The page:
Magazines and companies relied on the language of science fiction to sell new flowers, many created using methods from the form
It has often struck me as strange that whereas the furniture of the modern house grows smaller and smaller, the plants in the modern garden grow larger and larger.... Our rooms have shrunk as our prosperity has swollen. But though our gardens have suffered a similar diminution, the horticulturists seem blandly unaware of the fact. From America comes news of six-foot gladioli, chrysanthemums with heads like footballs, pansies as big as your fist. The advertisement columns in the American gardening magazines have a Hollywood ring; everything is super-colossal and ultra-gigantic.... At the last Chelsea show there were delphiniums taller than guardsmen. They had been forced and cosseted and interbred until they no longer looked like delphiniums at all. They were rather frightening, staring out at the crowds with blank blue eyes as big as saucers -- flowers from a world of science fiction.
-- Beverly Nichols, Garden Open Today (1963)
Seed companies and scientists in the 1920s through the 1950s became interested in the ways that mutation could accelerate the plant breeding process. Mutation was not new, but technological developments in chemistry and radiation aided scientists in their quest to develop bigger, brighter and longer-lasting flowers and plants. W. Atlee Burpee & Company, under the leadership of David Burpee, who took over management of the firm after his father's death in 1915, developed a repertoire of mutated flowers. In a 1940 interview with David Burpee, Popular Science declared "Test-tube Magic Creates Amazing New Flower!" The author of the article complimented the speed of the process, and the modern methods used by researchers to create plants "never seen on earth before."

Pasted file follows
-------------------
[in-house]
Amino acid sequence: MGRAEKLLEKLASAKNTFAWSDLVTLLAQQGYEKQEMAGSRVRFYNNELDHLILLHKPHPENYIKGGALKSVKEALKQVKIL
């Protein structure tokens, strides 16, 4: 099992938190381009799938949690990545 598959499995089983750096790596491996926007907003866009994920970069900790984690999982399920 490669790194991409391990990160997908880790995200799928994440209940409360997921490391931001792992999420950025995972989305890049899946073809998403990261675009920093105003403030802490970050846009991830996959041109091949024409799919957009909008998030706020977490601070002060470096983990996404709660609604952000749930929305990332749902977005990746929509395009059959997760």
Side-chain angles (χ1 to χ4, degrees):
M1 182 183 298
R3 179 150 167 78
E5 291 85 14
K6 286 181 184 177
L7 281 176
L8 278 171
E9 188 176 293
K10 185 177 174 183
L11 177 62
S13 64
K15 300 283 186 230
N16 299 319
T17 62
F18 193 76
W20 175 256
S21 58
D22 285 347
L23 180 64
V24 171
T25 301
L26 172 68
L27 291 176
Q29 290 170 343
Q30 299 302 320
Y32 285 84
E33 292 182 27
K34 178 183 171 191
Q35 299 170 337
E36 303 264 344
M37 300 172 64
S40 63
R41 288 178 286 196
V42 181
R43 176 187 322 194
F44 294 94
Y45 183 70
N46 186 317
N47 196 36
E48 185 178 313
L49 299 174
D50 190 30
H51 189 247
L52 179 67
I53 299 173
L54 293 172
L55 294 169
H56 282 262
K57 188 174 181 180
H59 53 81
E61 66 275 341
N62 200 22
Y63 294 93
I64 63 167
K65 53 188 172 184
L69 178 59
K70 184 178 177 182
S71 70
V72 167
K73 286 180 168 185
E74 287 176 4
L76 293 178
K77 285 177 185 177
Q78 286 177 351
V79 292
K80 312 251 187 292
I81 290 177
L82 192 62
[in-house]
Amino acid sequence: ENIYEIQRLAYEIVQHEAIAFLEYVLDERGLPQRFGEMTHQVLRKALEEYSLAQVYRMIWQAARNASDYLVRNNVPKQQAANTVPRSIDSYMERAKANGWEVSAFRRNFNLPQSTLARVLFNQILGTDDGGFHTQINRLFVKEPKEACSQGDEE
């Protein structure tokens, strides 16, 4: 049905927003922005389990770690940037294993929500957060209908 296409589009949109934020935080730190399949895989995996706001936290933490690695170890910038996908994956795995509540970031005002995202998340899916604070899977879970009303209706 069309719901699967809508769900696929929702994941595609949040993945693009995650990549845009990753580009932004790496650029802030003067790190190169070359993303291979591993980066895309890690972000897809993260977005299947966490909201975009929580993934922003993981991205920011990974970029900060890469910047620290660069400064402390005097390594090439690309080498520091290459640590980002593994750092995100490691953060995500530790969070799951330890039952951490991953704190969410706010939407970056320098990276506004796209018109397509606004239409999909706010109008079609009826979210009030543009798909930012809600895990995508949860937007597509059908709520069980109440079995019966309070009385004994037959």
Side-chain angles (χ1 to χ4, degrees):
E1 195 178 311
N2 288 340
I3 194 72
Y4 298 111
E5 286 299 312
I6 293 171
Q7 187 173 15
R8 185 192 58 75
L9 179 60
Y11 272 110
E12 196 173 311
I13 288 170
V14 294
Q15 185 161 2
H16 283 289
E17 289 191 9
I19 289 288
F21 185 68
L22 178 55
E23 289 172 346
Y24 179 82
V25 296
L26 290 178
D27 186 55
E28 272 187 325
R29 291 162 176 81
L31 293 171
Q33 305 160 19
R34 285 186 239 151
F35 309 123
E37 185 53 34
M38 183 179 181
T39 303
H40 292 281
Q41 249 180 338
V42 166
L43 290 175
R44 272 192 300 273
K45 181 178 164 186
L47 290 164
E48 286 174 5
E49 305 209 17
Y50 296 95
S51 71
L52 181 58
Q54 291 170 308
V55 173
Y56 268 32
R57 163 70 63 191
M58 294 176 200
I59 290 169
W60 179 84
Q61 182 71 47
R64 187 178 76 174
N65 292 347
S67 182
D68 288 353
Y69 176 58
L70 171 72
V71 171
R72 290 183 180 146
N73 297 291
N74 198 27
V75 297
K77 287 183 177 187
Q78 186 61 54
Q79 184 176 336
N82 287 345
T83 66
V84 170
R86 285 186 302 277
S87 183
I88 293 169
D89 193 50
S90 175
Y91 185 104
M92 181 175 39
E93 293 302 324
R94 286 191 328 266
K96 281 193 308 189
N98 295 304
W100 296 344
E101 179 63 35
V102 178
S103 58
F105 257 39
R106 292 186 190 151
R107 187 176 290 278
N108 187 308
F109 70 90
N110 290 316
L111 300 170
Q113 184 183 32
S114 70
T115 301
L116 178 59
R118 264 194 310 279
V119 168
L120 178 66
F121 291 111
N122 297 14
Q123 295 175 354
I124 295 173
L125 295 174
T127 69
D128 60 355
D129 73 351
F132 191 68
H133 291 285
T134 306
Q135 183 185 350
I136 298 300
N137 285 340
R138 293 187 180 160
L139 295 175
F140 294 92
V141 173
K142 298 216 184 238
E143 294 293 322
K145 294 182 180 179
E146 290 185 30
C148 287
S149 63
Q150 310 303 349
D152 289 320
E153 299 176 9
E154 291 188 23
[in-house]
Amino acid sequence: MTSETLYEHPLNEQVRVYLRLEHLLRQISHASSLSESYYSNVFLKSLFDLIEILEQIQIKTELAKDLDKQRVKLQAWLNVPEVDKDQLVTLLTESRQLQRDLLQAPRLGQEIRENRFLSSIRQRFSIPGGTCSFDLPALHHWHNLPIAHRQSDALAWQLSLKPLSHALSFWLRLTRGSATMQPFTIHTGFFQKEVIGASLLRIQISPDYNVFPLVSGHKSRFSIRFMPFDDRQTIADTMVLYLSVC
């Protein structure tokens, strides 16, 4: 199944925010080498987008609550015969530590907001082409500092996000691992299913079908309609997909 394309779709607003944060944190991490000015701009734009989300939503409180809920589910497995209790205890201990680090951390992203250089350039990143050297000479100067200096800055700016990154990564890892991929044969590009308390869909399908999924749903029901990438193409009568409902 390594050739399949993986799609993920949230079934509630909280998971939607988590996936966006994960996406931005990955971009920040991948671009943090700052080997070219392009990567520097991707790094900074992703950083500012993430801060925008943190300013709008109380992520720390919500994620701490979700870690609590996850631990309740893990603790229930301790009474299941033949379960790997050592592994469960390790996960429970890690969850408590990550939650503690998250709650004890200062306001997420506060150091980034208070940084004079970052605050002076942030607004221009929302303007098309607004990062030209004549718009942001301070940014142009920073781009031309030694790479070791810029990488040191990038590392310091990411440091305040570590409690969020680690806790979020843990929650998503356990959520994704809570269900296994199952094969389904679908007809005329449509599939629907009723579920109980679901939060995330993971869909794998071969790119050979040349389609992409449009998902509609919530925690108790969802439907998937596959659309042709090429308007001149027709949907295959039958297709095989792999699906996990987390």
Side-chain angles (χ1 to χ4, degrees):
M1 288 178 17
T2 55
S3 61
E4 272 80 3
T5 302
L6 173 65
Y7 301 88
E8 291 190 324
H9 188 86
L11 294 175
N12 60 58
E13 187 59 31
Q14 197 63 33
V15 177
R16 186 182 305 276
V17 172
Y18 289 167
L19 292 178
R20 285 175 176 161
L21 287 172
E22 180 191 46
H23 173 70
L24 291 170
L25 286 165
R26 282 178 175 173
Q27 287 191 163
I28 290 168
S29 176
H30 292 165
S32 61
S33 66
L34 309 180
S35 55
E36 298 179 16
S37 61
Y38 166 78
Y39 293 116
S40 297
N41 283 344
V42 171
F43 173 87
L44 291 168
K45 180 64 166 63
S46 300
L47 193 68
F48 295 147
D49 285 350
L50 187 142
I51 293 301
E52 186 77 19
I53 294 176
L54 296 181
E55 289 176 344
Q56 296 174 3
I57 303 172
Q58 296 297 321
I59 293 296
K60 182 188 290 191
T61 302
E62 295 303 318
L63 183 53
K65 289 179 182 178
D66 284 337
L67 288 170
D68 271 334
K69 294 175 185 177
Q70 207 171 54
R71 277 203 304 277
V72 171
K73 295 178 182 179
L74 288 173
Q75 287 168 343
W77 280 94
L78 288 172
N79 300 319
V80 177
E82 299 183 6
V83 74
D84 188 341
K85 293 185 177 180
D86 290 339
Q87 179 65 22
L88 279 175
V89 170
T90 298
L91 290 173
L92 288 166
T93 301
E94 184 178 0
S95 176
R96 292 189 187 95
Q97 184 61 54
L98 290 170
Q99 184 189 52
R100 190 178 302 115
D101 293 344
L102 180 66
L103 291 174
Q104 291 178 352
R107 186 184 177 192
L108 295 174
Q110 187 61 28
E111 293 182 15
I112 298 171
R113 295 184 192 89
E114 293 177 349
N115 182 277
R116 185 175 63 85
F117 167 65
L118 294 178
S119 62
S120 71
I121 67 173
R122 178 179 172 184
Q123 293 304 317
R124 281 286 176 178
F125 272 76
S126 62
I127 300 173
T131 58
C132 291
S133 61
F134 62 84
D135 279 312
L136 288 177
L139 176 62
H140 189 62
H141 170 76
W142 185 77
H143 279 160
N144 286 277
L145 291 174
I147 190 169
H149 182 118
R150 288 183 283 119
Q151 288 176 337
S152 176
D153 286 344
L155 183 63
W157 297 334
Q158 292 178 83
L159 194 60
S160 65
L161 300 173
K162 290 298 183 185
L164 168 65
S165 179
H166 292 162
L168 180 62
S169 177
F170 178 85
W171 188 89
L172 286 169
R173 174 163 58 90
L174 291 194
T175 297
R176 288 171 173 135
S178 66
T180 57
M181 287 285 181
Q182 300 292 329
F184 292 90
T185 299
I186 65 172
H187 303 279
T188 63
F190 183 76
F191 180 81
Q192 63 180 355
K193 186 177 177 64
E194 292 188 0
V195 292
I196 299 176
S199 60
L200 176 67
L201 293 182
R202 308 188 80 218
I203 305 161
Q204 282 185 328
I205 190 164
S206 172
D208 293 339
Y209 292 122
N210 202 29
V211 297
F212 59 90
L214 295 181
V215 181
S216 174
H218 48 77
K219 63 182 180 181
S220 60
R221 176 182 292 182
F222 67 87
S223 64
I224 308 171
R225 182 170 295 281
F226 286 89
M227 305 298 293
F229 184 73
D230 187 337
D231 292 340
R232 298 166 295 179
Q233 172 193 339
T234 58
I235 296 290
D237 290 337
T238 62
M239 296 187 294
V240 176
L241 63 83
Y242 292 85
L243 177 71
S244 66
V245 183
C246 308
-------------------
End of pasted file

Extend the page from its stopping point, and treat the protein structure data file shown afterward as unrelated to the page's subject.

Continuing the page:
Magazines and companies relied on the language of science fiction to sell these new flowers; the science itself was as much of a selling point as the aesthetics of the improved species. The X-Ray Twins (seen above in the 1942 Burpee's Annual) were created by treating calendula seeds with x-rays to induce mutations. Colchicine, a substance derived from autumn crocuses, was used to manipulate the chromosomes of plants. This treatment yielded Tetra snapdragons with twice the number of chromosomes as a regular snapdragon, resulting in larger blooms and stalks (seen above in the 1951 Burpee's Annual).